From the moment they gear up to take the stage with their guitars, tambourine, saxophone, and harmonica, till the closing melody of the final song, Jerry and the Bandits (JATB), emit this vibe that is lively and confident.
If you like the sound of The Lumineers, Mumford & Sons (2007), and The Head and the Heart (2011), but desire a little more frisk to your folk, then JATB is your local choice.
They folk things up in their own by fully embracing the genre, but add in their own sass with the use of Kirsten’s smooth saxophone that balances out Jerry’s confident singing. Resulting in something a little more indie, upbeat and sexy.
Jerry and The Bandits performs Ahwoo at Social in Main in Johannesburg.
It started in 2013 when Jerard Quaintmere (Jerry), began as a one-man-band, played the kick-drum and tambourine with his feet, while playing the guitar and singing. Eventually Jerry, like any lone ranger looking to expand his journey beyond his frontier, picked out his bandits and formed JATB. Each added their own unique spice to the band; the bandits are Jason Chadinha (guitar and harmonica), Kirstin Walters (saxophone and clarinet) and Danny Helsing (bass guitar).
They’ve recently launched their second EP, Fiction in Folktale, and right now their biggest goal is to push it as far as they can through radio and live shows. “For us, playing live shows is the most rewarding part of being in the band. We just want to make others happy through our music and make them feel the passion we feel.” Says Kirstin.
With eyes on the horizon, they are very keen to plan a tour overseas in the next year or two. But before they pack their bags and stamp their passports, three of the members are still completing their studies. Jerry is studying teaching (BEd), Jason is doing a BSc in audio post-production and Kirstin is doing her honors in Music (BMus). Danny is a freelance musician, bassist for The Sextons and has recently started his own improv band ‘Clusterflux’.
I got in a quick Q&A over a beer or two, and asked Jerry and the Bandits a couple of essential (and very serious) questions:
JL: If you guys were a bowl of fruit – who in the band would be what?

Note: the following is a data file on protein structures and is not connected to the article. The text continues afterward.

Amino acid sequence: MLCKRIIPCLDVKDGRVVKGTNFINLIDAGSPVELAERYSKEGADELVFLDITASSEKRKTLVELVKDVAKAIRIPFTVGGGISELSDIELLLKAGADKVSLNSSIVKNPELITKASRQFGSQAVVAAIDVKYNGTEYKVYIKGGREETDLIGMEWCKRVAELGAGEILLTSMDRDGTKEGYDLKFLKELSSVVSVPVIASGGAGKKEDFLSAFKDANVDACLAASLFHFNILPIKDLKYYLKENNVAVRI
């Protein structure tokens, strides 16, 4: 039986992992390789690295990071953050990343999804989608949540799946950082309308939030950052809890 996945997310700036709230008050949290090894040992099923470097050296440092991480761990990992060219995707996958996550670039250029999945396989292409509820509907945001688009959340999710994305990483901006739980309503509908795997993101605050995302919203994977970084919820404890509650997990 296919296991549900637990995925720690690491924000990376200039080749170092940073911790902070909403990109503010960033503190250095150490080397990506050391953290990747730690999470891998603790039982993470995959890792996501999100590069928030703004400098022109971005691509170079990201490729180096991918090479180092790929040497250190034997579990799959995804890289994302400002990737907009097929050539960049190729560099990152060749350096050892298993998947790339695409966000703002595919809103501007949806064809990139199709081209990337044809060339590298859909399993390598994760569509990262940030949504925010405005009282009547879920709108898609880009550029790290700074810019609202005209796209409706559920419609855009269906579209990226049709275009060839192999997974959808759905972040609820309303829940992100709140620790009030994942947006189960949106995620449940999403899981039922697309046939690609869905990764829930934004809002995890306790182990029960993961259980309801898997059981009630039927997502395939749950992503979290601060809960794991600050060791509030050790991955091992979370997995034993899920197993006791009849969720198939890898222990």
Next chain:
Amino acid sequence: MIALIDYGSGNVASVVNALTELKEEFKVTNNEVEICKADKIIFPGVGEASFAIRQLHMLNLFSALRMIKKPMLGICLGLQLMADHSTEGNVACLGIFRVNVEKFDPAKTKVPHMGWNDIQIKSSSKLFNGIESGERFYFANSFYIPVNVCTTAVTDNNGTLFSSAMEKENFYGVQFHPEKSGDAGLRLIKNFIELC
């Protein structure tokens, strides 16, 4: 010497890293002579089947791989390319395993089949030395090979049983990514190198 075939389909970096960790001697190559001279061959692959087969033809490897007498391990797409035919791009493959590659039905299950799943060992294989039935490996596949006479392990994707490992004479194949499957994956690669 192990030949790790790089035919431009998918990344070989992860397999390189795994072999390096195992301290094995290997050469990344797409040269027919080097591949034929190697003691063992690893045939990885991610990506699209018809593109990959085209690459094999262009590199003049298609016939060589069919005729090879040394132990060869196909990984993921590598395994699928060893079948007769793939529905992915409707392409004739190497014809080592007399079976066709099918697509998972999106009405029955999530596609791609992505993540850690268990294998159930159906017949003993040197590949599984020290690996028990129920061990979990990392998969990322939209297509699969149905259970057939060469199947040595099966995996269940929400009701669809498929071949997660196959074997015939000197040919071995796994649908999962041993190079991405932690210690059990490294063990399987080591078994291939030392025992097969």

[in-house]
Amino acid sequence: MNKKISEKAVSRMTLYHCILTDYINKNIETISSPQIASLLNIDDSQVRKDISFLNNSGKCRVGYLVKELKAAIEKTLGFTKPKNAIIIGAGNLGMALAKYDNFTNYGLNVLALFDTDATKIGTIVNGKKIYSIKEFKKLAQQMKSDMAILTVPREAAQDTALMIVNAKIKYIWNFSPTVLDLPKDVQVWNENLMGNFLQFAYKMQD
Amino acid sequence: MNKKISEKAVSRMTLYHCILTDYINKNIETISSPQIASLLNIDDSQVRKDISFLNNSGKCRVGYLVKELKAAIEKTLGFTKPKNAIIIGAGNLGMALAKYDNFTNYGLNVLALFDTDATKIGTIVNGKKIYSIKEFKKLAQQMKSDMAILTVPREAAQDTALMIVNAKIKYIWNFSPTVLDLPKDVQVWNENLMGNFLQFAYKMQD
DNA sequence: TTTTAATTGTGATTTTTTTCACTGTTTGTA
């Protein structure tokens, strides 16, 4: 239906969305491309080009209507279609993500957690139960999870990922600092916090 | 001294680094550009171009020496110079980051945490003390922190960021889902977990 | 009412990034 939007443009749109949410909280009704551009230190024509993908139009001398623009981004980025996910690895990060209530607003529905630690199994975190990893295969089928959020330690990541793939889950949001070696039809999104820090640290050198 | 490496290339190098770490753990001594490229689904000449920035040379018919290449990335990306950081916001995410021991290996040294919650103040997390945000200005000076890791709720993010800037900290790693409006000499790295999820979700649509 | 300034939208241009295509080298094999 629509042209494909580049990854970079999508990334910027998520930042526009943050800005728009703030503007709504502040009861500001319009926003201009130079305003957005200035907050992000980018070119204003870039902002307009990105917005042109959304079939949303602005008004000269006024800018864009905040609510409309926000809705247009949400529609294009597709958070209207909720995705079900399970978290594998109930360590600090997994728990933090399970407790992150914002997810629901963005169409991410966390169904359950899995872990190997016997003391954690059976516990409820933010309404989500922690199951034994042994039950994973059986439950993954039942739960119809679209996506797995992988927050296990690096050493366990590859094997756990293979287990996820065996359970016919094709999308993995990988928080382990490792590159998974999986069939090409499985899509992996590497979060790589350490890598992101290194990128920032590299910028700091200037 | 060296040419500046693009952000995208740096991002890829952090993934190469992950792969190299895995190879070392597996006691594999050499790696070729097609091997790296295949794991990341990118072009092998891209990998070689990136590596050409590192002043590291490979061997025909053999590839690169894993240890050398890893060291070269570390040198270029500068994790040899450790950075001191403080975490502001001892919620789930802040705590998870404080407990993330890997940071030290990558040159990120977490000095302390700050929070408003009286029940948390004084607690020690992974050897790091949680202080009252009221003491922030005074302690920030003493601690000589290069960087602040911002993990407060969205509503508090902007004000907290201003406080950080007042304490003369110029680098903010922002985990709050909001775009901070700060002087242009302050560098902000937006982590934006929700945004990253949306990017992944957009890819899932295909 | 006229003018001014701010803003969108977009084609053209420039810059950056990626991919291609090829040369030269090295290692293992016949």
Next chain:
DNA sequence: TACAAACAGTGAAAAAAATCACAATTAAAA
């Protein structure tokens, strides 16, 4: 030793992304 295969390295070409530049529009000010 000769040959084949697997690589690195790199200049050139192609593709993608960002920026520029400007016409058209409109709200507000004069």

JATB: Jerry would be the bowl. He writes all the songs and without the bowl there is no fruit salad. Jason would be an apple, he adds the crunchiness with his leading guitar lines and harmonica solos. Kirstin would be the strawberries, who adds the sweet and refreshing saxophone parts. Then finally Danny would be the banana, who provides the groovy bass lines, adding the final touch and balancing out the fruit salad.
JL – Have you been on a road trip together? And a more important question: ‘padkos’ or Wimpy breakfast?
JATB: Yes, we have! We make a point of hiring out a van for shows outside of Joburg and sing along together at the top of our lungs to local tunes – Georgetown, Bad Peter, Jeremy Loops, Lunatic Wolf, Sean Koch and The Subway. Oh, and definitely Wimpy to wake us up – best!
JL – If you were able to sit under the table and listen to any two people speak, who would it be?
Jerry: I would love to hear Freddie Mercury and Robin Williams speaking.
JL – If you could fight any of the members from the Beatles in a boxing match, who would it be and why?
Danny: John Lennon because he was a pacifist so he wouldn’t hit back.
JL – What’s your favorite ’90s jam?
Kirstin: Wow, way too many! I actually thought about it the other day when I heard “Smells Like Teen Spirit” by Nirvana and thought to myself how it’s impossible to get over that song. Yup, that’s the one.
JL – What do you think about when you’re alone in your car?
Jason: Normally I’m listening to music so I’ll be jamming and singing away or I’m dodging and criticizing really bad drivers, and there are a lot of those ha-ha.
So if you ever come across these friendly folk-singing folks, do enjoy and embrace the way this band can bring a room together.
Bands in Bars feature all kinds of the new kids on the block, reviewing the latest up and coming bands and musicians in South Africa that is totally worth checking out.
Jeanne hates to refer to herself in third person. Because before you know it, she gets lordly and demand you tell her fantastic stories fit for the delicate ears of kings and queens only.